By Lee Berthiaume in Ottawa
Conservative leadership candidate Pierre Poilievre joined the latest leg of a march led by a Canadian soldier accused of speaking out against COVID-19 vaccine demands that has sparked promises – and fears – of a new wave of demonstrations in the capital.
James Topp was charged in February with two counts of conduct to the prejudice of good order and discipline for comments made while wearing his uniform. He has since led a four-month march to the capital from Vancouver.
His march was supported by many of the same figures involved in the “freedom convoy” that rumbled through downtown Ottawa for weeks until police used force to end what both themselves and the government have described as an illegal occupation.
His arrival in the capital and promises of a new round of protests starting on Canada Day have angered locals. Ottawa Mayor Jim Watson and Acting Police Chief Steve Bell have promised to crack down on any illegal activity.
Poilievre walked alongside Topp for about half an hour after the two met in the parking lot of a strip mall west of downtown Ottawa shortly before noon, where hundreds of people s were gathered to see the army reservist.
Video of the meeting shows Poilievre quoting to Topp a famous quote from then-Prime Minister John Diefenbaker about being a “free Canadian” when the latter signed the Canadian Bill of Rights in 1960, before dying. express opposition to vaccination mandates.
When Topp says he wants reinstatement and reparations for everyone who lost their jobs because of the vaccination warrants, Poilievre said, “Anyone who lost their job just because of a COVID warrant should get their job back. job, there is no doubt.”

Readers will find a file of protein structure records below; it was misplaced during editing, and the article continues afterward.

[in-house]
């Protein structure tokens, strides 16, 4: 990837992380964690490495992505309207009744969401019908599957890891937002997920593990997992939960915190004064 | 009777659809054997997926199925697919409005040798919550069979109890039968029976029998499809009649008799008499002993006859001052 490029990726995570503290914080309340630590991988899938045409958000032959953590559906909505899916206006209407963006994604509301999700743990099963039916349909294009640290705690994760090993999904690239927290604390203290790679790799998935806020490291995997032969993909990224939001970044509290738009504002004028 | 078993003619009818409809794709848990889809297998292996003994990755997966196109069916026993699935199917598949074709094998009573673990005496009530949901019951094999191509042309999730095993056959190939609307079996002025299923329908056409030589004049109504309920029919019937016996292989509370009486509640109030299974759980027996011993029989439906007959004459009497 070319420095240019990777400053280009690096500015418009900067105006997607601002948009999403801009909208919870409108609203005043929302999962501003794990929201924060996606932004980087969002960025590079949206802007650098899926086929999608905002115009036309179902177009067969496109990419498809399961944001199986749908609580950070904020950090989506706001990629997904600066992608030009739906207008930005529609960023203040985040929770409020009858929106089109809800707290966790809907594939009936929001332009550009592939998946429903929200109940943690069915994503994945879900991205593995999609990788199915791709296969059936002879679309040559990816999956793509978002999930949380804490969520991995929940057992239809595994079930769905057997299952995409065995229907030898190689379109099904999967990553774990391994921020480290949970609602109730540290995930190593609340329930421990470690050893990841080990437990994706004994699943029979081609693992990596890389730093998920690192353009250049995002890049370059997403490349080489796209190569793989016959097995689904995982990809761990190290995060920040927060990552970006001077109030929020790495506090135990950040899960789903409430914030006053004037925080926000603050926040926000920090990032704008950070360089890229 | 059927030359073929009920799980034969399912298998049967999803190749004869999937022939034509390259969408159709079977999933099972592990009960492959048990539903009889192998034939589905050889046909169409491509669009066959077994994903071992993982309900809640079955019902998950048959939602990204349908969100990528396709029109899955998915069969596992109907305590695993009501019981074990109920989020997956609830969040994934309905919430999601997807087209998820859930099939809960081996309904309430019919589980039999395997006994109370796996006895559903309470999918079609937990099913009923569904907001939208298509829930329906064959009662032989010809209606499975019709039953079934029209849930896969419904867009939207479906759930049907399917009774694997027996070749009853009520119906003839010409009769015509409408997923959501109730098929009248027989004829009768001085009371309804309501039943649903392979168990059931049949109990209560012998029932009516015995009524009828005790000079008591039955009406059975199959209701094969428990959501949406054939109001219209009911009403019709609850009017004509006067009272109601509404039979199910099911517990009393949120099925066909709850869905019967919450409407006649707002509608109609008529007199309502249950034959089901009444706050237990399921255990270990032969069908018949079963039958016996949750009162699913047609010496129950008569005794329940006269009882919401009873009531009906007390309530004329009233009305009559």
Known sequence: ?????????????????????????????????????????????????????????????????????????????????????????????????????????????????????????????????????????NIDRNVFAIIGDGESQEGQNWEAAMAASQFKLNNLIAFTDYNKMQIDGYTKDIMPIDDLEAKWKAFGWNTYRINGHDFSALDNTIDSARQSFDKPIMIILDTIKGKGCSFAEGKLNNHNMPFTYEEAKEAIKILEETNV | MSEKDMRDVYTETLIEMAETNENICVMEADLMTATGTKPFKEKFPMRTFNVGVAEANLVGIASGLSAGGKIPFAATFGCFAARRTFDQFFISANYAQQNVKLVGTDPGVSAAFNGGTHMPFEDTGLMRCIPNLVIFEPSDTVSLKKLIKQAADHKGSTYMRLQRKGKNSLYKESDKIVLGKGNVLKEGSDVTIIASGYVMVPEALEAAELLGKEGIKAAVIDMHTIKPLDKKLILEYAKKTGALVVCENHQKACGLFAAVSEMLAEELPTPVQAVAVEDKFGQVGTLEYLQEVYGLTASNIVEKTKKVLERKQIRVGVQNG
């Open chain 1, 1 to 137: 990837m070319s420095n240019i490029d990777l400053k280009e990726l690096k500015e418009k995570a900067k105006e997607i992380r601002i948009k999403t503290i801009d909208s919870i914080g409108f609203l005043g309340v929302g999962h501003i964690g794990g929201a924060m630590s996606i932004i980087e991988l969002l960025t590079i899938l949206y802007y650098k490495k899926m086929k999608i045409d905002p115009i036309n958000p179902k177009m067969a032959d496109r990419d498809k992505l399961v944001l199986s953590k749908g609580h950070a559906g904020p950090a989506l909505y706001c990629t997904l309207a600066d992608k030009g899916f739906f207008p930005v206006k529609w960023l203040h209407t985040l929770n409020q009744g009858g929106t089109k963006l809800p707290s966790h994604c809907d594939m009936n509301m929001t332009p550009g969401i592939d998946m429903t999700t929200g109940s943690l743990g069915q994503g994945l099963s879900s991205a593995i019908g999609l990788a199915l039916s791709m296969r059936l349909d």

Both men also spoke about the divisions within Canada, with Poilievre saying: “People desperately need hope…I think it’s time to put this country back together, heal the wounds and reunite our country.
The two were then followed by around 200 supporters, many carrying Canadian flags and camouflage backpacks and other gear, as they marched on the sidewalk of a main street for around half an hour before the departure from Poilievre.
Poilievre’s appearance with Topp comes as the presumed Conservative leadership frontrunner has been accused of unabashedly siding with anti-vaccine protesters and other groups associated with the “Freedom Convoy.”
Topp said he had no intention of leading an occupation of the capital and invited Ottawa police to work with him to facilitate his march through the city to the National War Memorial.
However, an organizer from a group calling itself Veterans 4 Freedom said in a recent YouTube video that they plan to set up a semi-permanent camp east of Ottawa called “Camp Eagle” and organize events in the city all summer long.
While police have since successfully stopped similar protests from taking over the city, preventing planned protests from spiraling out of control on Canada Day will likely be complicated by the presence of thousands of people celebrating the holiday.
The charges against Topp relate to two videos posted online in the winter in which the Army reservist appears in uniform criticizing vaccine requirements for military personnel and other federal employees.